If you once were very active and now have to deal with constant knee pain, it can be difficult to re-adjust your lifestyle to this new reality. However, having bad knees shouldn’t completely stop you from engaging in physical activity. There are tons of great sports out there that can not only be practiced by people with knee problems but could actually improve their condition. Here are a few of them.
Posts Tagged ‘swimming’
Another Blast From the Past
Looking back in my archives, I found this post from 2008; roughly 2 home relocations ago. About 8 years have passed, the ‘kids’ are teenagers now, the beach is in the backyard now instead of across the street, I still have those Powerblocks, and still love sprinting.
Today however it’s about 30°F out, 3 days before Christmas, and it’s snowing. Sprints will be much more difficult, biking is nearly impossible, and the unheated garage is freeeeeezing! I’ve been working diligently as a personal garage gym builder though, and now I also have a doorway pull up bar, push up equipment, an ab roller, springs, and big ole rubber tubes that work great for dynamic resistance training.
If you’ve no idea what I’m talking about, read the follow piece that details my thoughts on active recovery in 2008 and what I accomplished on a warm sunny day in June. I still feel the same way about active recovery, and if you’re not using it on the occasional rest day you’re missing out on fun activities that can help engage your friends and family, burn extra calories, and improve the recovery process from your strenuous gym workouts.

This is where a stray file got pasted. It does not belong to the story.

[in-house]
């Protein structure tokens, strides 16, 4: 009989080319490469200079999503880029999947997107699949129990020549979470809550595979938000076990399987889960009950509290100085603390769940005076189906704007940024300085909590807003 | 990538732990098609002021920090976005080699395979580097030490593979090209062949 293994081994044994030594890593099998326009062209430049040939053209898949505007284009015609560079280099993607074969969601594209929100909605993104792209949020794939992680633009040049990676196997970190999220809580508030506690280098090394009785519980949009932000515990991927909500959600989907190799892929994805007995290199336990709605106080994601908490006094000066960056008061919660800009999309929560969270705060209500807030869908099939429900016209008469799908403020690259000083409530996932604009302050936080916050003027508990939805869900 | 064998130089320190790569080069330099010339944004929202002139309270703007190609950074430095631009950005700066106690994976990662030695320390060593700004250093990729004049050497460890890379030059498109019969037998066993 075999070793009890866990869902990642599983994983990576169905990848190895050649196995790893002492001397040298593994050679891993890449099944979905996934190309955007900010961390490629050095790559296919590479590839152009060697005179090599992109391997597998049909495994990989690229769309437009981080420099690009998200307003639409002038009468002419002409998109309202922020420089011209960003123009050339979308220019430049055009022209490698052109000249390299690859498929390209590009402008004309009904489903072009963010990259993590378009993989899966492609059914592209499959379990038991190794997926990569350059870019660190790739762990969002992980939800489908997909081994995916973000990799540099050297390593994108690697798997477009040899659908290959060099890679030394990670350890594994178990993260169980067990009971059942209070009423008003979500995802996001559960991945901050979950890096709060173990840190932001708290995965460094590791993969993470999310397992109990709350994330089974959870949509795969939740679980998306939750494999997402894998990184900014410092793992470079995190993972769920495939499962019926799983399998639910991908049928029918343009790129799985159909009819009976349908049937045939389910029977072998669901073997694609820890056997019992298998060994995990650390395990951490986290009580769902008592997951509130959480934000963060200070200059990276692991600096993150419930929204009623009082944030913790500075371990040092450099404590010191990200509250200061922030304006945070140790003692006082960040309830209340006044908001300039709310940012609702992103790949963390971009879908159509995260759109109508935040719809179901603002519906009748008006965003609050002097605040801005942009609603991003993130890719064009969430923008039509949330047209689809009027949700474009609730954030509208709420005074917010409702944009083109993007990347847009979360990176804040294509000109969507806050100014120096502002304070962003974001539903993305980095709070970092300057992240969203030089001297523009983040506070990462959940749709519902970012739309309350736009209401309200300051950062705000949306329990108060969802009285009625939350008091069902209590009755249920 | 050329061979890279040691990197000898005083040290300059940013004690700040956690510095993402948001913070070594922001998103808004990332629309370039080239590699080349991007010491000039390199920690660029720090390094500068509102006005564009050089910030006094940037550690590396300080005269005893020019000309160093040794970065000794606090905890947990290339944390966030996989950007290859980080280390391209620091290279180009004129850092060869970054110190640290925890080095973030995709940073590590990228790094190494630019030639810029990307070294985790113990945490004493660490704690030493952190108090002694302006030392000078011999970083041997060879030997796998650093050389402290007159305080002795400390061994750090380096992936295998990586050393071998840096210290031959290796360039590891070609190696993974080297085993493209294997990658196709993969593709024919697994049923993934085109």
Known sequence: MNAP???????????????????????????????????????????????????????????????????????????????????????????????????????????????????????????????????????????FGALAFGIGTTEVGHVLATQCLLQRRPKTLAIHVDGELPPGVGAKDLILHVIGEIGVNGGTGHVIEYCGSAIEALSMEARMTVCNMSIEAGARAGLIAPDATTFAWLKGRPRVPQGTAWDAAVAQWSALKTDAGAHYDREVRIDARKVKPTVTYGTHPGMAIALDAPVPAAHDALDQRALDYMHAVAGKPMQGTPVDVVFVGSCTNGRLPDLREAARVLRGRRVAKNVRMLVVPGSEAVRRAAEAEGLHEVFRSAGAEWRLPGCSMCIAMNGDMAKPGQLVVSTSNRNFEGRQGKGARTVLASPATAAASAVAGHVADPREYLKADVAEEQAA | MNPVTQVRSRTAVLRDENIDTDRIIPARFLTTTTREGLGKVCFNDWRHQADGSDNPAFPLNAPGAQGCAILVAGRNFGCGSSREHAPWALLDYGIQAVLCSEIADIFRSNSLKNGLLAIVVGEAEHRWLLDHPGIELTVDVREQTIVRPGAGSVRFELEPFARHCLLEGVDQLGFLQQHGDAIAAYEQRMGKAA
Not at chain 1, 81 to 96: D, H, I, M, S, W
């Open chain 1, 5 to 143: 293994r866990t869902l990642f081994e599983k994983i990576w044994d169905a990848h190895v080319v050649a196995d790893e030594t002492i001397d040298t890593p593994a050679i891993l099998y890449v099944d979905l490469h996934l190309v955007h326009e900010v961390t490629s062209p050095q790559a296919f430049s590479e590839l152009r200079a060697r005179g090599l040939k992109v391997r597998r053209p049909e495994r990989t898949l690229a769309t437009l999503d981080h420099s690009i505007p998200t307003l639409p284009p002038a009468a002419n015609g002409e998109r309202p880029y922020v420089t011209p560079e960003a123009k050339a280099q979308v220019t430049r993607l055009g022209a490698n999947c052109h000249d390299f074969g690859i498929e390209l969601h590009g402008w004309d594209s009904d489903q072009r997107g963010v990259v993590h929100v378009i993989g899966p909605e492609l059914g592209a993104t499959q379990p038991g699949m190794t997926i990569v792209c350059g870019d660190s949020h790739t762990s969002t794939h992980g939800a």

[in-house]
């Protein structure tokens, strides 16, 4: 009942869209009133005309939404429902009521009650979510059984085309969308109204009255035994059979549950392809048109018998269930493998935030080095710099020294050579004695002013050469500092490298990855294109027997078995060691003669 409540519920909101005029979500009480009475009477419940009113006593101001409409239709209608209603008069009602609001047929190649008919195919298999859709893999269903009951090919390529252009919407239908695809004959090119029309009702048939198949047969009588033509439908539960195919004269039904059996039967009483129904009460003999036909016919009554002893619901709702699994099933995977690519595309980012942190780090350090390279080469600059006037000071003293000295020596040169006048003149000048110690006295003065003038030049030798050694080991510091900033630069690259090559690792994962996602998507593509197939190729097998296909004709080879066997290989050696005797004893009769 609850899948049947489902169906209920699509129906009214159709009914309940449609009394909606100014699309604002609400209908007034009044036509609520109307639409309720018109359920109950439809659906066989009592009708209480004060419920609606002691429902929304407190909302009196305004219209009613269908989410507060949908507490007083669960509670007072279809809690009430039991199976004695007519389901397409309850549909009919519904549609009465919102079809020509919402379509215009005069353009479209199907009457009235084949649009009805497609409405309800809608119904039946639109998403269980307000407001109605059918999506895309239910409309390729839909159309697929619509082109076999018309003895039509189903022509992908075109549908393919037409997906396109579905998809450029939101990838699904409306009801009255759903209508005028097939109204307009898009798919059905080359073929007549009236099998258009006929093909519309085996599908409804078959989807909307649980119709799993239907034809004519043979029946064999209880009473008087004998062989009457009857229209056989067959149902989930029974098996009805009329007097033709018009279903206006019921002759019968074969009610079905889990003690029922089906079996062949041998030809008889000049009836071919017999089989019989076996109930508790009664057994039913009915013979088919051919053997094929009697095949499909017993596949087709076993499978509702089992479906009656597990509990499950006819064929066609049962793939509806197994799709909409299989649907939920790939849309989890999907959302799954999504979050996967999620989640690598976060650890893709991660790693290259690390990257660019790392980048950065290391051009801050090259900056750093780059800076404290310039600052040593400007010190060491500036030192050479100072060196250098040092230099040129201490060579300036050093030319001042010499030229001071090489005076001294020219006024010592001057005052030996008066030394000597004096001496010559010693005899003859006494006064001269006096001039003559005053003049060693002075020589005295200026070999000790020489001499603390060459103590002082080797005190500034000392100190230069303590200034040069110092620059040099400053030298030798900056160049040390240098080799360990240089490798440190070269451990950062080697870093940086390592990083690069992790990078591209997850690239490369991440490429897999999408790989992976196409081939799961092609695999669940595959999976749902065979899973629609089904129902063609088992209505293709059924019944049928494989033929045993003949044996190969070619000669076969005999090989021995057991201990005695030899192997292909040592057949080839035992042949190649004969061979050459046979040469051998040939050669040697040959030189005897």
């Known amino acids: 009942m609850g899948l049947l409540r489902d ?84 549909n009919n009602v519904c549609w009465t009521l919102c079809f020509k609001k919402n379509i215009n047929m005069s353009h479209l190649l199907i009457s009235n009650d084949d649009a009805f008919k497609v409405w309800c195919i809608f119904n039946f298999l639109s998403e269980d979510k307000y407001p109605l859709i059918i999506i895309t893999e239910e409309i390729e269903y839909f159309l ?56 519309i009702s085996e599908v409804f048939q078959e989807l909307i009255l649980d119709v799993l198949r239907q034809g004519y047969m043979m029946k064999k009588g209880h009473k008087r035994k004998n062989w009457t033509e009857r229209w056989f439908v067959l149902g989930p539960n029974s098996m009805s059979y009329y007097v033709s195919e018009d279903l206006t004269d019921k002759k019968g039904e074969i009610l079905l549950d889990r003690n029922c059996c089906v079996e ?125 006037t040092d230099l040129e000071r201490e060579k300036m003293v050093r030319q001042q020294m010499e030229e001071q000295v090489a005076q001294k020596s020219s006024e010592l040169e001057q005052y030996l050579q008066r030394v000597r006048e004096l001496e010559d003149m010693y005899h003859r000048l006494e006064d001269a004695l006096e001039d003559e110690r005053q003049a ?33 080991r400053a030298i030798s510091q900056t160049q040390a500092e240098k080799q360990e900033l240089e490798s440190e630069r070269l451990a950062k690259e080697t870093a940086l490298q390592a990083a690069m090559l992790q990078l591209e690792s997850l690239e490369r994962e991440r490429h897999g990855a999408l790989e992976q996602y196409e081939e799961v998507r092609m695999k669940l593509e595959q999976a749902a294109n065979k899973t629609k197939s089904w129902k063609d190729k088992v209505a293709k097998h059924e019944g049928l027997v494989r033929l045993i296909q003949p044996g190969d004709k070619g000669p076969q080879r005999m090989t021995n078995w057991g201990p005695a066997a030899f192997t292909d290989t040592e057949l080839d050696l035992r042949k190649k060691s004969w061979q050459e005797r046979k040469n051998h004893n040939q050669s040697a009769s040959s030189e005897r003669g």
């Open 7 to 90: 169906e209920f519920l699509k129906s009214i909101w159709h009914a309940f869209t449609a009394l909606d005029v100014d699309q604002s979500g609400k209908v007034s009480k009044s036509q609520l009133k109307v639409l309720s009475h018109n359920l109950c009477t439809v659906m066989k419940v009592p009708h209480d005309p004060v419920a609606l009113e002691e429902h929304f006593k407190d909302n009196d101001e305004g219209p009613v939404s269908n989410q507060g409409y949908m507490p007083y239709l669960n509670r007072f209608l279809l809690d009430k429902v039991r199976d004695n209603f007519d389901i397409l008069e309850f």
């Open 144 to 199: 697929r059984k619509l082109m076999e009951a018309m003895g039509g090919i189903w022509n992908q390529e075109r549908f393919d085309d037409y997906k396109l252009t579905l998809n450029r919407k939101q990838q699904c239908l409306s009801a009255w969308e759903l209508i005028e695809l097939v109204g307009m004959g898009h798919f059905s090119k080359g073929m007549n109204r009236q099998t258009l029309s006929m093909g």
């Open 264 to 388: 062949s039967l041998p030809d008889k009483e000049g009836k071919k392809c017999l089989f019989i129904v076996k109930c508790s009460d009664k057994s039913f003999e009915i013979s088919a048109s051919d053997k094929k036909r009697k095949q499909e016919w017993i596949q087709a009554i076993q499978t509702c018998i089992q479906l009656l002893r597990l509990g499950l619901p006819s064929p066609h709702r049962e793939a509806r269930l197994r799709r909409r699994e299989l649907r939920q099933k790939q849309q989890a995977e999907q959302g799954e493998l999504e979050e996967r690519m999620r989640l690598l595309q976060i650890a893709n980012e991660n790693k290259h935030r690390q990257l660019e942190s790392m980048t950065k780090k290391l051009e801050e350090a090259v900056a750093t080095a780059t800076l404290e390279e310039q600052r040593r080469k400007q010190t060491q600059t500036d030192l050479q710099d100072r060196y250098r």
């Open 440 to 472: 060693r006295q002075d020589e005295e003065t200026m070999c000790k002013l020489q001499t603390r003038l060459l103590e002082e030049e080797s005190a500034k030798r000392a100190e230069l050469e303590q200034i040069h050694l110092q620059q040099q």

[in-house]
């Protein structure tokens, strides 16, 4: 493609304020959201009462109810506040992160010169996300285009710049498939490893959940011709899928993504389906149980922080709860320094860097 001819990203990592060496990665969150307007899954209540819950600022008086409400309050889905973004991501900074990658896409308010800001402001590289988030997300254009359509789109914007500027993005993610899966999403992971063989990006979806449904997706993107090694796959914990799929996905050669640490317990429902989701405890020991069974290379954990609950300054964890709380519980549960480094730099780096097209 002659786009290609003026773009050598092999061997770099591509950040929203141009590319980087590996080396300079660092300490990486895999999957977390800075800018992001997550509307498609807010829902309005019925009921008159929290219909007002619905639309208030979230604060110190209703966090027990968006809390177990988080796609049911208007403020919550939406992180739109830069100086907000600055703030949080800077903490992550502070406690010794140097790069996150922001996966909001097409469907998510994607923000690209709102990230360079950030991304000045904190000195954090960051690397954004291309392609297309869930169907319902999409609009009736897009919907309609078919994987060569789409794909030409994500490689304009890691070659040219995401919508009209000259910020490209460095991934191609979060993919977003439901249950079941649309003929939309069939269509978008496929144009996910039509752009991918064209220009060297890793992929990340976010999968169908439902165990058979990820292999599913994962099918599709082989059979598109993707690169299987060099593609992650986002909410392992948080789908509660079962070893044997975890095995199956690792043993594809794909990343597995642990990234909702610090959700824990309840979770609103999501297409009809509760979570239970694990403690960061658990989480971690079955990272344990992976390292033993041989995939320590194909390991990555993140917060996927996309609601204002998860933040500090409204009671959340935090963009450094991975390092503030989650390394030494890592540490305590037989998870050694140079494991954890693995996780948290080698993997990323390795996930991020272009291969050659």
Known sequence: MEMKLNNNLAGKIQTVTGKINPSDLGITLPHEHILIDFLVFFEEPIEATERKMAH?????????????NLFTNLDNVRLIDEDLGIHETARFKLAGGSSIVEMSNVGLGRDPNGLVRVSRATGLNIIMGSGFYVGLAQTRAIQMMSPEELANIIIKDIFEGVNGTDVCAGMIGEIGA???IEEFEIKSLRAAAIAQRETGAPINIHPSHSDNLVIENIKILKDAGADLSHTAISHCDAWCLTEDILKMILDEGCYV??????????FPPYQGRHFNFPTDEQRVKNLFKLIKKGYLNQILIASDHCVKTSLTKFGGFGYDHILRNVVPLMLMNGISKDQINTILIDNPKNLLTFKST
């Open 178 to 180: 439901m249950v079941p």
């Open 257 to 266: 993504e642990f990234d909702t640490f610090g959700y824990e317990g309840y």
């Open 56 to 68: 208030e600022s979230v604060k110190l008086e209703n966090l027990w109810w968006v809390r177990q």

Even medical journals documenting active recovery research have found that, “active recovery can be prescribed and still retain performance benefits over passive recoveries”. Don’t you miss out!
June 21, 2008 – A Day of Active Recovery
Swimming and Strength
If you want long, lean muscles, swimming is one activity that is almost certain to deliver, especially if you like doing laps rather than, say, water aerobics. But you’re going to have a much harder time bulking and building upper body strength beyond a certain point if you rely solely on aquatic sports for your physical fitness.
If you’re into competitive swimming (like triathlons or swimming the English Channel) or you simply want to improve your performance for your own benefit, building upper body strength is a good way to accomplish your goals.
A regimen that includes a variety of cross-training options is likely to provide the best solution.
Here are just a few extra exercises that are sure to deliver the upper body strength you need to take your water-based fitness to the next level.
So you want to be a dolphin. Or perhaps you want to be a competitive swimmer. Or maybe you just want to swim faster.
Unless you are really lucky (or would that be unlucky?) you probably weren’t born with webbed feet or toes, so you will have to look at other ways to increase your speed in the water.
The best way to increase your swimming speed, is to increase the flexibility of your ankles. Flexible ankles act like flippers, which will help to propel you through the water faster.